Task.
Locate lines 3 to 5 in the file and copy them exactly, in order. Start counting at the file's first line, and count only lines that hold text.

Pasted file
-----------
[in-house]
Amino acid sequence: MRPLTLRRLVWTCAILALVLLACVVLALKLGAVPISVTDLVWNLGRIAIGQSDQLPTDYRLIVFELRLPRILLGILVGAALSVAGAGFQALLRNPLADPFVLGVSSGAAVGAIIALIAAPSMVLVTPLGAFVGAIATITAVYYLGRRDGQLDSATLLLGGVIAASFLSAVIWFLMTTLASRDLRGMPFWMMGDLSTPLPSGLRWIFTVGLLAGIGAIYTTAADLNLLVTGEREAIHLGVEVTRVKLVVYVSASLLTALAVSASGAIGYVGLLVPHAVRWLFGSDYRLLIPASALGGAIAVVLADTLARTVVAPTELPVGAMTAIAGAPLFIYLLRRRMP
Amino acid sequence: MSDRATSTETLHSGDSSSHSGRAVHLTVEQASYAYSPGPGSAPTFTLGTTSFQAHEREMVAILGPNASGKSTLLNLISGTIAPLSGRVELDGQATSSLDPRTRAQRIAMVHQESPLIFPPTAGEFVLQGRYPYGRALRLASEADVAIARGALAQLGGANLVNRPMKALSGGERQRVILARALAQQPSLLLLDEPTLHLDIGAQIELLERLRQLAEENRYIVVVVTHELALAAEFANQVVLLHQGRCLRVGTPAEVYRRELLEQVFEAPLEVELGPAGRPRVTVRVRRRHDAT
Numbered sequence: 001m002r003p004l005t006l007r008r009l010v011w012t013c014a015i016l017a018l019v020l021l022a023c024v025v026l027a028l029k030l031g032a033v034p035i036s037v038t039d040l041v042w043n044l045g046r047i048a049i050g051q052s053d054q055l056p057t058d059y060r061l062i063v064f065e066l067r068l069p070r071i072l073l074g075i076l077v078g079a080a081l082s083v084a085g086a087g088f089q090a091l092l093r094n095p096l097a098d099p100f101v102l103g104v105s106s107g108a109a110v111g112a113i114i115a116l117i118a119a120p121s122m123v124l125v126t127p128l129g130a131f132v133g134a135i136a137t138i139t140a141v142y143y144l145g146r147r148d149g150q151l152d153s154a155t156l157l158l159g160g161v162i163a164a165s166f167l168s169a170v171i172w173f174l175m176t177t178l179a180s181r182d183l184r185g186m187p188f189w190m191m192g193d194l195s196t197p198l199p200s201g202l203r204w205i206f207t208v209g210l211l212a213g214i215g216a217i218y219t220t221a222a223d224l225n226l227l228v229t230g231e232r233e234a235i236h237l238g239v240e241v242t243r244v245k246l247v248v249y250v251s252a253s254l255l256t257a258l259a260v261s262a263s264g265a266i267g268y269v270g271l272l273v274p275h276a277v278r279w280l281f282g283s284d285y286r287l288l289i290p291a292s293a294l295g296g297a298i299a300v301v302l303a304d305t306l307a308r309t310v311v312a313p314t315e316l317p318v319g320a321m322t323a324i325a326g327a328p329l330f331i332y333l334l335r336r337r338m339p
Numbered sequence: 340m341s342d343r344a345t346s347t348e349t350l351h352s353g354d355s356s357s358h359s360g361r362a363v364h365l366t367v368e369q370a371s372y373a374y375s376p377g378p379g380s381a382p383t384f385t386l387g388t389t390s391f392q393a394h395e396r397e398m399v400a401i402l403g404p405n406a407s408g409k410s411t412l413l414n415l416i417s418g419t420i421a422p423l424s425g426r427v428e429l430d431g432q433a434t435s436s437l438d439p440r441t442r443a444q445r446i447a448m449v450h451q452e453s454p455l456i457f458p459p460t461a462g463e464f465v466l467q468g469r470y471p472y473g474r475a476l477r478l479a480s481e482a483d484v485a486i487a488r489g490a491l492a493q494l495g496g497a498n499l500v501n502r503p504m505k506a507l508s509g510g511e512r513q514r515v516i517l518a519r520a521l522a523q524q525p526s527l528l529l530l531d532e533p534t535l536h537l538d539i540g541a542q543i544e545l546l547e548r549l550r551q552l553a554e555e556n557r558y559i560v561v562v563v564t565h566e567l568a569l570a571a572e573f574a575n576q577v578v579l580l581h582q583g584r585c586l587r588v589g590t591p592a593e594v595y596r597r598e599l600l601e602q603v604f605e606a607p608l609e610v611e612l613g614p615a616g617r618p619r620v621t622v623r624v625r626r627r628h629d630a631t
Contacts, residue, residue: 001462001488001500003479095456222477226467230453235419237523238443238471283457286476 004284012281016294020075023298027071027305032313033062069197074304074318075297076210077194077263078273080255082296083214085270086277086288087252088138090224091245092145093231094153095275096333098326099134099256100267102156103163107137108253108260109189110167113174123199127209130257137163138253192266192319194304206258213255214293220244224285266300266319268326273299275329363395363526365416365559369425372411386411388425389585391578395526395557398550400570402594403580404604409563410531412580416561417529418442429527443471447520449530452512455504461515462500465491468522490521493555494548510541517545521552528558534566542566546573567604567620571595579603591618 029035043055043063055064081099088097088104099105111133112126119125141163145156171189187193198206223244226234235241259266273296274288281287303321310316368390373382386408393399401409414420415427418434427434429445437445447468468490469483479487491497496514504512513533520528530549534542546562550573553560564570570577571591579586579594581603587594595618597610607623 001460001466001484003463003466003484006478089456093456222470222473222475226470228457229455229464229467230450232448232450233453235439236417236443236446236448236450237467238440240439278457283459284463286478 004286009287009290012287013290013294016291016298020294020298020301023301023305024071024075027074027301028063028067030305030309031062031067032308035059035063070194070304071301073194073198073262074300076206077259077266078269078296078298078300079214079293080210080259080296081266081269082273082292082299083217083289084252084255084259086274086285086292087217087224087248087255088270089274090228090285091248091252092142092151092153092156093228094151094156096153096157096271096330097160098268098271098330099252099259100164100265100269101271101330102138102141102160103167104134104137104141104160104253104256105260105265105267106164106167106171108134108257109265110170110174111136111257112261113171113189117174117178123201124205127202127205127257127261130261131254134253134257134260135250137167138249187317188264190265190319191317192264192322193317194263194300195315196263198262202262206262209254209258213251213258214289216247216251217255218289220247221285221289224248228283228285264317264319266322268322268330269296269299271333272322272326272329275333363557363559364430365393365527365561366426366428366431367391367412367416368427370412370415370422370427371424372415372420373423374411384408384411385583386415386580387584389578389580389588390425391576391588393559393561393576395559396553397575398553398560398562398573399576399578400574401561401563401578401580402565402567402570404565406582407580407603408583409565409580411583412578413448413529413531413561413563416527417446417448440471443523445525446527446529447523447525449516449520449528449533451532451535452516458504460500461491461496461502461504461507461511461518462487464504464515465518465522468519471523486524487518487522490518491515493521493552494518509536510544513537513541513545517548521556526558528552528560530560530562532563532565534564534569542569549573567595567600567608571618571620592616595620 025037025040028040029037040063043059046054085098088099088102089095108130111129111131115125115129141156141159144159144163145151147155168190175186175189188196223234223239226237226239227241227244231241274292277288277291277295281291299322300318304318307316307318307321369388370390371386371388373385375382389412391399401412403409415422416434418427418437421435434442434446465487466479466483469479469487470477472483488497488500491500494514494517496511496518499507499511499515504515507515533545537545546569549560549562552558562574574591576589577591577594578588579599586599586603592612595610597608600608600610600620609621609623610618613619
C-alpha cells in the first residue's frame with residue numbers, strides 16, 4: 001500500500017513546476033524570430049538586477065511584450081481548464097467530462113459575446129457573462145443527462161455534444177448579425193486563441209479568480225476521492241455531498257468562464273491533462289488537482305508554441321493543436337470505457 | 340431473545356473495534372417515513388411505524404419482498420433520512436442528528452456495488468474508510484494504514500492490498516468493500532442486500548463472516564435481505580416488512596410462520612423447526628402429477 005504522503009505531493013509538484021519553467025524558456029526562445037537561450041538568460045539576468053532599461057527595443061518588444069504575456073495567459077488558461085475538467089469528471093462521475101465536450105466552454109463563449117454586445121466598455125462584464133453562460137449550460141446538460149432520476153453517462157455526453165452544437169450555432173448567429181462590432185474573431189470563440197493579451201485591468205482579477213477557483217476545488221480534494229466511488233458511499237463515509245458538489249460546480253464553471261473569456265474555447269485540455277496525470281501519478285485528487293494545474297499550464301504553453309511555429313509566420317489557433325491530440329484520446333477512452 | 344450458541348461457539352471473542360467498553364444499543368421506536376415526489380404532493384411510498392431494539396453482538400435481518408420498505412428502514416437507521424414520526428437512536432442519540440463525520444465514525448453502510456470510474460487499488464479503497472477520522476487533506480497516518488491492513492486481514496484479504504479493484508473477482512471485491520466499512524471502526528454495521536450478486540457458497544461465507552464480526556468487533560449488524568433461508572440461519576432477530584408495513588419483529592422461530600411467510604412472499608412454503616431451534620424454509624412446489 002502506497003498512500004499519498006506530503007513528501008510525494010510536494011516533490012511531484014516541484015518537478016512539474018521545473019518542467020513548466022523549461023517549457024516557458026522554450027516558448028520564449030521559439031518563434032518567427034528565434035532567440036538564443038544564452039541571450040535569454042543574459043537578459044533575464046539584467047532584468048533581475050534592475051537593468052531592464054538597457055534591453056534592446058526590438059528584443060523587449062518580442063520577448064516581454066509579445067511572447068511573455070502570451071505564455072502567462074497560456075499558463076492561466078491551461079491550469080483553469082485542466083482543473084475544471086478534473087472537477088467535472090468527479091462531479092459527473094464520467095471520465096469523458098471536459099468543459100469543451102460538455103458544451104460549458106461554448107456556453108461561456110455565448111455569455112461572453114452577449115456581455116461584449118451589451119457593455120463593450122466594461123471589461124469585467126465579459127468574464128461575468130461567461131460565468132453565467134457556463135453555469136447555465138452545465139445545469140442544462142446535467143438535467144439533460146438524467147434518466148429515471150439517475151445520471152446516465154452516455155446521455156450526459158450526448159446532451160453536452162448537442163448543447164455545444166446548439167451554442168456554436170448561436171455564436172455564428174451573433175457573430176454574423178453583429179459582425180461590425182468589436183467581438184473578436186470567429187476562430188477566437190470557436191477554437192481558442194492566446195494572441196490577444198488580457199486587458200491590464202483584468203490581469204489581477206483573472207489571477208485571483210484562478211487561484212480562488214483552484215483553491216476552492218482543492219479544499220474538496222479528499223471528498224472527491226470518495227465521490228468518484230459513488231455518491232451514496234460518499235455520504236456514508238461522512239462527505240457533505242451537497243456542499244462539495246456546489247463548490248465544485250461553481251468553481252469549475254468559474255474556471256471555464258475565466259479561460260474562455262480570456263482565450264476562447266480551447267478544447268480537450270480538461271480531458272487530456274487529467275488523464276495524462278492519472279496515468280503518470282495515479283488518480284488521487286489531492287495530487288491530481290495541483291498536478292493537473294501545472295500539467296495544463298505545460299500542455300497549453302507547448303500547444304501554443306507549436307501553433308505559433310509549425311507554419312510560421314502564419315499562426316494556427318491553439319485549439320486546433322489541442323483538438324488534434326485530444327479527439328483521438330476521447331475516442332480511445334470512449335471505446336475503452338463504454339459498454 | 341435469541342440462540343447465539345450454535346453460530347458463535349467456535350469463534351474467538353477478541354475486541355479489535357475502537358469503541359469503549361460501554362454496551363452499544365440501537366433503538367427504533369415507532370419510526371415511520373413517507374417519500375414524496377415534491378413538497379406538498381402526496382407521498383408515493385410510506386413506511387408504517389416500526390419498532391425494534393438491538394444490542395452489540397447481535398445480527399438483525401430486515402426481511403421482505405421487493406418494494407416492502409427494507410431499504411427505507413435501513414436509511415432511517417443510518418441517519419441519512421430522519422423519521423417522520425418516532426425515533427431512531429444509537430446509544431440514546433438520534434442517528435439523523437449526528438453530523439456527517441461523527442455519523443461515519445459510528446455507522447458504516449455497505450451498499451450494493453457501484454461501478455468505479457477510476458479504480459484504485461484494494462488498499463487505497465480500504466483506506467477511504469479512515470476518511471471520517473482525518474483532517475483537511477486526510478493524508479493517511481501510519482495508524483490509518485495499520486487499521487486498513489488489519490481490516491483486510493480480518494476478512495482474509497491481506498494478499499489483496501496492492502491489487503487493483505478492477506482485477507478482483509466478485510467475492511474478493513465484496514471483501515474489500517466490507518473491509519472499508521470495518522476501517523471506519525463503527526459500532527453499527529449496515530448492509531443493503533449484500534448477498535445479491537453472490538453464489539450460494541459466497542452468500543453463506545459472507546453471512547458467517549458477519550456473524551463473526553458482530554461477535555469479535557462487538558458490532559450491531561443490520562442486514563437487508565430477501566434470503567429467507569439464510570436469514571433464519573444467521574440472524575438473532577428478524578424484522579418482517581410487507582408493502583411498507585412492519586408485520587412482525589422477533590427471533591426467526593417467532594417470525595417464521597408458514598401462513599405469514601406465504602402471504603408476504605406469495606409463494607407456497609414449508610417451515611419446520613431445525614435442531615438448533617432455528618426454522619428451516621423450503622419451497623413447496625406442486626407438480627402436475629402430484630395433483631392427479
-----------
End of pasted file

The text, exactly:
Amino acid sequence: MSDRATSTETLHSGDSSSHSGRAVHLTVEQASYAYSPGPGSAPTFTLGTTSFQAHEREMVAILGPNASGKSTLLNLISGTIAPLSGRVELDGQATSSLDPRTRAQRIAMVHQESPLIFPPTAGEFVLQGRYPYGRALRLASEADVAIARGALAQLGGANLVNRPMKALSGGERQRVILARALAQQPSLLLLDEPTLHLDIGAQIELLERLRQLAEENRYIVVVVTHELALAAEFANQVVLLHQGRCLRVGTPAEVYRRELLEQVFEAPLEVELGPAGRPRVTVRVRRRHDAT
Numbered sequence: 001m002r003p004l005t006l007r008r009l010v011w012t013c014a015i016l017a018l019v020l021l022a023c024v025v026l027a028l029k030l031g032a033v034p035i036s037v038t039d040l041v042w043n044l045g046r047i048a049i050g051q052s053d054q055l056p057t058d059y060r061l062i063v064f065e066l067r068l069p070r071i072l073l074g075i076l077v078g079a080a081l082s083v084a085g086a087g088f089q090a091l092l093r094n095p096l097a098d099p100f101v102l103g104v105s106s107g108a109a110v111g112a113i114i115a116l117i118a119a120p121s122m123v124l125v126t127p128l129g130a131f132v133g134a135i136a137t138i139t140a141v142y143y144l145g146r147r148d149g150q151l152d153s154a155t156l157l158l159g160g161v162i163a164a165s166f167l168s169a170v171i172w173f174l175m176t177t178l179a180s181r182d183l184r185g186m187p188f189w190m191m192g193d194l195s196t197p198l199p200s201g202l203r204w205i206f207t208v209g210l211l212a213g214i215g216a217i218y219t220t221a222a223d224l225n226l227l228v229t230g231e232r233e234a235i236h237l238g239v240e241v242t243r244v245k246l247v248v249y250v251s252a253s254l255l256t257a258l259a260v261s262a263s264g265a266i267g268y269v270g271l272l273v274p275h276a277v278r279w280l281f282g283s284d285y286r287l288l289i290p291a292s293a294l295g296g297a298i299a300v301v302l303a304d305t306l307a308r309t310v311v312a313p314t315e316l317p318v319g320a321m322t323a324i325a326g327a328p329l330f331i332y333l334l335r336r337r338m339p
Numbered sequence: 340m341s342d343r344a345t346s347t348e349t350l351h352s353g354d355s356s357s358h359s360g361r362a363v364h365l366t367v368e369q370a371s372y373a374y375s376p377g378p379g380s381a382p383t384f385t386l387g388t389t390s391f392q393a394h395e396r397e398m399v400a401i402l403g404p405n406a407s408g409k410s411t412l413l414n415l416i417s418g419t420i421a422p423l424s425g426r427v428e429l430d431g432q433a434t435s436s437l438d439p440r441t442r443a444q445r446i447a448m449v450h451q452e453s454p455l456i457f458p459p460t461a462g463e464f465v466l467q468g469r470y471p472y473g474r475a476l477r478l479a480s481e482a483d484v485a486i487a488r489g490a491l492a493q494l495g496g497a498n499l500v501n502r503p504m505k506a507l508s509g510g511e512r513q514r515v516i517l518a519r520a521l522a523q524q525p526s527l528l529l530l531d532e533p534t535l536h537l538d539i540g541a542q543i544e545l546l547e548r549l550r551q552l553a554e555e556n557r558y559i560v561v562v563v564t565h566e567l568a569l570a571a572e573f574a575n576q577v578v579l580l581h582q583g584r585c586l587r588v589g590t591p592a593e594v595y596r597r598e599l600l601e602q603v604f605e606a607p608l609e610v611e612l613g614p615a616g617r618p619r620v621t622v623r624v625r626r627r628h629d630a631t